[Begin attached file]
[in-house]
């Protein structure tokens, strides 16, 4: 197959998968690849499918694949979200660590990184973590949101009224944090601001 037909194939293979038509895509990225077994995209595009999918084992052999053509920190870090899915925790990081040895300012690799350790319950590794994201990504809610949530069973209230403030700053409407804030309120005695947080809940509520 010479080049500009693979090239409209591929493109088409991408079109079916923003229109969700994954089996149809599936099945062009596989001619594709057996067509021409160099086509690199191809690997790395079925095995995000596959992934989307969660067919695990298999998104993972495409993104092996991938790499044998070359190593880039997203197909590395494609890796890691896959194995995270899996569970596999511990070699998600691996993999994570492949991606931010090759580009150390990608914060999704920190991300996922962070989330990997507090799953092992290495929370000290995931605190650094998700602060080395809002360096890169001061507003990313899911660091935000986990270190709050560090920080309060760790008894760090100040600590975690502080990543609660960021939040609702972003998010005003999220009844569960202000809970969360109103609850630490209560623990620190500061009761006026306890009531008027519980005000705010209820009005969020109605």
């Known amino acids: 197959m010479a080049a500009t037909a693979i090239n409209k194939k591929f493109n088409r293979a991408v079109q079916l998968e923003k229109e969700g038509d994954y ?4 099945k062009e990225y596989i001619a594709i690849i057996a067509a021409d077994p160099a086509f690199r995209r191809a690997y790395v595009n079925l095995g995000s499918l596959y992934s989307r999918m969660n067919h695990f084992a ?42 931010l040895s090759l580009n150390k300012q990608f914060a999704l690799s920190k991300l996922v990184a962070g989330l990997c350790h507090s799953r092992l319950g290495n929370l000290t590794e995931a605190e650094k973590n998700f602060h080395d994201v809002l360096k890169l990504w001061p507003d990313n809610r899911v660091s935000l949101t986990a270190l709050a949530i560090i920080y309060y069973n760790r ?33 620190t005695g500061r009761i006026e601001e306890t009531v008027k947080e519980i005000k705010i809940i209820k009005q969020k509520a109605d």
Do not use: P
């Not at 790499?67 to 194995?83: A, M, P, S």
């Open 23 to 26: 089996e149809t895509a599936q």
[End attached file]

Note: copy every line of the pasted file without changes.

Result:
[in-house]
């Protein structure tokens, strides 16, 4: 197959998968690849499918694949979200660590990184973590949101009224944090601001 037909194939293979038509895509990225077994995209595009999918084992052999053509920190870090899915925790990081040895300012690799350790319950590794994201990504809610949530069973209230403030700053409407804030309120005695947080809940509520 010479080049500009693979090239409209591929493109088409991408079109079916923003229109969700994954089996149809599936099945062009596989001619594709057996067509021409160099086509690199191809690997790395079925095995995000596959992934989307969660067919695990298999998104993972495409993104092996991938790499044998070359190593880039997203197909590395494609890796890691896959194995995270899996569970596999511990070699998600691996993999994570492949991606931010090759580009150390990608914060999704920190991300996922962070989330990997507090799953092992290495929370000290995931605190650094998700602060080395809002360096890169001061507003990313899911660091935000986990270190709050560090920080309060760790008894760090100040600590975690502080990543609660960021939040609702972003998010005003999220009844569960202000809970969360109103609850630490209560623990620190500061009761006026306890009531008027519980005000705010209820009005969020109605």
């Known amino acids: 197959m010479a080049a500009t037909a693979i090239n409209k194939k591929f493109n088409r293979a991408v079109q079916l998968e923003k229109e969700g038509d994954y ?4 099945k062009e990225y596989i001619a594709i690849i057996a067509a021409d077994p160099a086509f690199r995209r191809a690997y790395v595009n079925l095995g995000s499918l596959y992934s989307r999918m969660n067919h695990f084992a ?42 931010l040895s090759l580009n150390k300012q990608f914060a999704l690799s920190k991300l996922v990184a962070g989330l990997c350790h507090s799953r092992l319950g290495n929370l000290t590794e995931a605190e650094k973590n998700f602060h080395d994201v809002l360096k890169l990504w001061p507003d990313n809610r899911v660091s935000l949101t986990a270190l709050a949530i560090i920080y309060y069973n760790r ?33 620190t005695g500061r009761i006026e601001e306890t009531v008027k947080e519980i005000k705010i809940i209820k009005q969020k509520a109605d």
Do not use: P
């Not at 790499?67 to 194995?83: A, M, P, S």
């Open 23 to 26: 089996e149809t895509a599936q």